The new ABC sitcom that’s giving old comedies a run for its money is Abbott Elementary, which follows a group of teachers in one of the worst public schools in the country. The sitcom features veterans Tyler James Williams and Lisa Ann Walter, along with a slew of newcomers mixed in the cast. Not surprisingly, the talented actors have a solid filmography, and this list will examine the five best movies involving the cast of Abbott Elementary. Each of the movies has ten or more favorable reviews. The only features exempt from this list are animated. Let’s get started with the first movie.
Dear White People
This controversial, yet insightful feature is a culture war between blacks and whites at a predominantly white school and is intensified when a humor magazine stages an offensive Halloween party. Dear White People doesn’t exactly have a cohesive narrative; however, the sharp writing and clever dialogue make up for the scattershot plot. Another thing that makes this 2014 feature stand out is the impressive cast of characters, namely Tessa Thompson’s Sam White and Tyler James Williams’ Lionel Higgins. Thompson brings a fierce edge that solidifies her talent as an actress while Williams gives the actor the opportunity to showcase a different side that we don’t often see too much from his previous roles. Thankfully, Dear White People doesn’t play the propaganda game by focusing on one side, bringing up interesting themes and topics, and criticizing every side of the spectrum in a humorous manner.
Sound of Metal
In this strong character piece, itinerant punk-metal drummer Ruben, unfortunately, suffers a hearing loss due to various one-night gigs. The heroin addict’s life spins out of control, with the notion that his music career and life is over. However, Ruben checks himself into a secluded sober house for the deaf in hopes of preventing a relapse, but the punk-metal drummer eventually regains the drive to reclaim his life and go back to doing what he loves. A career defining moment for Riz Ahmed, Sound of Metal is an excellent character study that handles the subject of its disability with sensitivity and care but remains an entertaining and powerful feature. Sound of Metal never tries to manipulate your emotions and the uplifting message behind the tragic subject helps boosts the feature’s appeal.
This seedy, but engrossing drama is about a young Black woman who becomes the surrogate mother for a gay, interracial couple. The Surrogate is a fascinating feature that examines the morals of the core cast and expertly explores the pros and cons of each side. The situations feel grounded and honest, with Jeremy Hersh doing an excellent job of spotlighting each character by giving them a nice layer of dimension. The standout in the midst of an already impressive cast is newcomer Jasmine Batchelor, whose decision to make such a life-changing experience is played with nuance and gravatas by the talented actress.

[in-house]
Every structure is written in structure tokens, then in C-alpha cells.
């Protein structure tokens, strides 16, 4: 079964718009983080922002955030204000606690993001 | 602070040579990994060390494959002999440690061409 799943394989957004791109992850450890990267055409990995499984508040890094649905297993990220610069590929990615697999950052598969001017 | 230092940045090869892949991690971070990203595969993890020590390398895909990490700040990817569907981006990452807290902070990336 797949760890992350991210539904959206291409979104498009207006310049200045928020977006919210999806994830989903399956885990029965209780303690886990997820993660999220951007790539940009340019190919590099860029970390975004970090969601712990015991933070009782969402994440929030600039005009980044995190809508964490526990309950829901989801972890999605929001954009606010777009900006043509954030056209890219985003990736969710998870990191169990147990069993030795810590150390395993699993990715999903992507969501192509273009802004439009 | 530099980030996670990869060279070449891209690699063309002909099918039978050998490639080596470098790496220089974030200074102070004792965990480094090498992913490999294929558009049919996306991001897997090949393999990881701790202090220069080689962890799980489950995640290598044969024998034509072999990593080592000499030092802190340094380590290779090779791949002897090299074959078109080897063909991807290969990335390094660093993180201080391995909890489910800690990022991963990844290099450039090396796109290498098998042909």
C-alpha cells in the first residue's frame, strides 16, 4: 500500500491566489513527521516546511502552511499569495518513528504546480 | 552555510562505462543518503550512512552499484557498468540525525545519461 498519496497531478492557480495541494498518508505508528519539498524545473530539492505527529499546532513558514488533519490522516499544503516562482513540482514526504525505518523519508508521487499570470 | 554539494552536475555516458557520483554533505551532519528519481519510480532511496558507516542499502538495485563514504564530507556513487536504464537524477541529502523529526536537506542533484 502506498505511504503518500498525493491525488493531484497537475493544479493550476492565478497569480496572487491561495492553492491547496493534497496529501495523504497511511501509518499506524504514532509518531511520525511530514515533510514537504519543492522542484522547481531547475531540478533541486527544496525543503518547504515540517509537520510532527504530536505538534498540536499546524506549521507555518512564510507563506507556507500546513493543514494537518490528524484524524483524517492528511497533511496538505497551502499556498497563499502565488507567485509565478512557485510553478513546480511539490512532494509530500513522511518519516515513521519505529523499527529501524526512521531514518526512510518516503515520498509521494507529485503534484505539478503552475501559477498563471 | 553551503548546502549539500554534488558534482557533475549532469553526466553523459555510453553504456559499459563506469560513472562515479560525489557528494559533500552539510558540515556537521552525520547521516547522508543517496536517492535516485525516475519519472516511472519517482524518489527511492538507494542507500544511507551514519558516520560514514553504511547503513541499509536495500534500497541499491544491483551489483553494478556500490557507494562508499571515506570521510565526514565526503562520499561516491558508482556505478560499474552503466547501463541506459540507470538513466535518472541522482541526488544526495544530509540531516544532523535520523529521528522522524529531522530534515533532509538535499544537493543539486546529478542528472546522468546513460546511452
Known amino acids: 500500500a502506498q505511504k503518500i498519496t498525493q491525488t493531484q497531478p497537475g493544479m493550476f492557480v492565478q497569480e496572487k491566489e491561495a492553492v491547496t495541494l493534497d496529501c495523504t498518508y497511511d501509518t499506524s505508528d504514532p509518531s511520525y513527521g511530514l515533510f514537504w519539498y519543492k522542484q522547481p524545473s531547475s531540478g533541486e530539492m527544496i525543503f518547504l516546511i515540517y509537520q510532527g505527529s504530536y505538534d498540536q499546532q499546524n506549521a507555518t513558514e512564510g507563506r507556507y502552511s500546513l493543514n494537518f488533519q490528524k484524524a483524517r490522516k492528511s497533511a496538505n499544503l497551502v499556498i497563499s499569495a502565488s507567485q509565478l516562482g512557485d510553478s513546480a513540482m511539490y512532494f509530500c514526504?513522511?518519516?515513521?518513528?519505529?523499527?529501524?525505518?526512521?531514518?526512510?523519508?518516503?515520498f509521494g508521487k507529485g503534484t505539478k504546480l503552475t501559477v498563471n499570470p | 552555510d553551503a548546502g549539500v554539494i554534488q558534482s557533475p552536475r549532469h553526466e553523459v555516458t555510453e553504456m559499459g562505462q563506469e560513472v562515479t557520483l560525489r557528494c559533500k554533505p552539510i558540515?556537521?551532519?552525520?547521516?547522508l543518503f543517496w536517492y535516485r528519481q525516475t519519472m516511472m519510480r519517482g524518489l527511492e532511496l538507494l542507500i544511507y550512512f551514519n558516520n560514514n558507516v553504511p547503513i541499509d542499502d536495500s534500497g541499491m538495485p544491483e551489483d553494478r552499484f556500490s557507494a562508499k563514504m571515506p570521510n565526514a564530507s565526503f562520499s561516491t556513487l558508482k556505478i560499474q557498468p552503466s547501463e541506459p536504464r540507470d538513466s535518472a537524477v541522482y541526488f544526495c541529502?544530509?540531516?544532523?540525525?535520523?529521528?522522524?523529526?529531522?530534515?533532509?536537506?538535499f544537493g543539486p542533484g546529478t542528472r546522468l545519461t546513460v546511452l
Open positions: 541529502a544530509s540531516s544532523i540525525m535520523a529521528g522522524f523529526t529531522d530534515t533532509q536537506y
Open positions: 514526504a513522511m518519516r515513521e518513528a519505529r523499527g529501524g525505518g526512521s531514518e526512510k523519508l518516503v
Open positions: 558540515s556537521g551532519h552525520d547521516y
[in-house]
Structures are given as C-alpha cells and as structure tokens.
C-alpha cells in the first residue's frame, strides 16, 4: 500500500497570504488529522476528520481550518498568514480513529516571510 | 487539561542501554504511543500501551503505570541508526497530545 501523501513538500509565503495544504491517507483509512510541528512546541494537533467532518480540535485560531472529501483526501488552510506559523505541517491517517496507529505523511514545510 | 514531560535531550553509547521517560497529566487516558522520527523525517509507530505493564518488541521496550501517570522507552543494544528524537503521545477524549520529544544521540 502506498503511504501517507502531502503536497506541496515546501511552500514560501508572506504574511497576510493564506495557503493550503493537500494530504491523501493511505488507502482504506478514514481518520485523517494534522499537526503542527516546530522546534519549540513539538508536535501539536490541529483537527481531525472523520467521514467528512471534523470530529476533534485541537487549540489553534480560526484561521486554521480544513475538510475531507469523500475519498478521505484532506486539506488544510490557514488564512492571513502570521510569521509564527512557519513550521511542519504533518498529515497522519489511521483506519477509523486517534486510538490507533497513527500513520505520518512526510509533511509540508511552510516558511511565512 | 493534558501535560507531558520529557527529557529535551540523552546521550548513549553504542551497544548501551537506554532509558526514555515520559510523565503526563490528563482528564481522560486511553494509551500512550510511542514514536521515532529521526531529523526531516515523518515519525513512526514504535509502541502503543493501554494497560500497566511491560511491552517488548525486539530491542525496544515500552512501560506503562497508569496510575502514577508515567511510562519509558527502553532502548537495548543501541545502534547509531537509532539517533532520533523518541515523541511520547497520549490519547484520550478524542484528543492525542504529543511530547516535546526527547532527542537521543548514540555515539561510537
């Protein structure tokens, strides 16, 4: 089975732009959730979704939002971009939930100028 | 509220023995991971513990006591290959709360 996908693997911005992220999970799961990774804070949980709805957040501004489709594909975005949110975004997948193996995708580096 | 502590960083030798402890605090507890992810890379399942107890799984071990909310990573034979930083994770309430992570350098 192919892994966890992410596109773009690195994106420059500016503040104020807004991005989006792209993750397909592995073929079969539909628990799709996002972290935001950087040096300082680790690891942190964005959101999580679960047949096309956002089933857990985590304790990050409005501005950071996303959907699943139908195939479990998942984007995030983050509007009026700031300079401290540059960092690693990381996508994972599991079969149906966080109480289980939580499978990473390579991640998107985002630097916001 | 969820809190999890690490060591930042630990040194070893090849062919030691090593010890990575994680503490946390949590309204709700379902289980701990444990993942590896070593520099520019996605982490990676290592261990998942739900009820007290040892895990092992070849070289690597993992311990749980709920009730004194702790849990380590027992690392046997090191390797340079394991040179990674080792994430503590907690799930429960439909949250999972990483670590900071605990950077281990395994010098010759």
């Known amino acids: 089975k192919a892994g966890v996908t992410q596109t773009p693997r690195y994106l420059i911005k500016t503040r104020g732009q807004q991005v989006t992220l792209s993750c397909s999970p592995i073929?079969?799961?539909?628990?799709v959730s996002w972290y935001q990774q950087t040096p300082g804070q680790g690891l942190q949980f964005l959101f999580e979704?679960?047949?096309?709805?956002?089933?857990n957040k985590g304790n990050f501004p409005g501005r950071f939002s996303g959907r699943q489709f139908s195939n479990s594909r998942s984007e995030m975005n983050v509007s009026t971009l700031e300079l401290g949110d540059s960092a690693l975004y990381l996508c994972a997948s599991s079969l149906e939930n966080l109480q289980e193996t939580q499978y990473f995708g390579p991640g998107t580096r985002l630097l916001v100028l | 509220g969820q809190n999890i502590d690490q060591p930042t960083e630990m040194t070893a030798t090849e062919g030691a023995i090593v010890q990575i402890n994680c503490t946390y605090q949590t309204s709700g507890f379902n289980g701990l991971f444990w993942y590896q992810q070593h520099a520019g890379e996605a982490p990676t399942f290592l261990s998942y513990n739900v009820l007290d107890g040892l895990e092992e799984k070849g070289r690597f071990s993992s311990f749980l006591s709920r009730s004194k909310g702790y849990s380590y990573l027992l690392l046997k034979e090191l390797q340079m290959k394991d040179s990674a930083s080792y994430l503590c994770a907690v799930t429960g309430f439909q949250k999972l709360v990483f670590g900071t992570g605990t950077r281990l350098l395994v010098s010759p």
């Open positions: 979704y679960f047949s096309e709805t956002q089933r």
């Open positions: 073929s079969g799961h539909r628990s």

The Parent Trap
In this sweet and funny reboot of the 1961 film, The Parent Trap sees twins Annie and Hallie meet for the first time at a special camp. The girls divorced parents, Nick and Elizabeth are living on the opposite sides of the world, with each child. The twins pull off an identity swap, giving both the chance to spend time with the parent they’ve missed. Should this seemingly brilliant scheme work, then it could actually bring the family closer together. Lindsay Lohan’s performance is simply charming in this role and the fact that the young actress is able to pull off dual characters effortlessly speaks volumes about her talent. The story is simple, yet fun, and The Parent Trap features a nice balance of humor, heart, and romance that never feels forced. A rare remake that’s actually as good or even better than the original.
To Sleep With Anger
Vagabond Harry changes the lives of Gideon and his wife Suzie, by invading their overcrowded house. The hard-drinking visitor often get under the skin of the married couple; however, when Gideon falls gravely ill, Harry decides to step in and take his friend’s place in the household. Unfortunately, this isn’t due to noble intentions, which end up having negative consequences. A strong film that explores human nature and the troubles that come within the everyday world. It examines anger without being emotionally manipulative, while still crafting a gripping narrative that gives Danny Glover another chance at showcasing just how great of an actor the veteran truly is. An underrated character piece that shouldn’t be ignored by film lovers.
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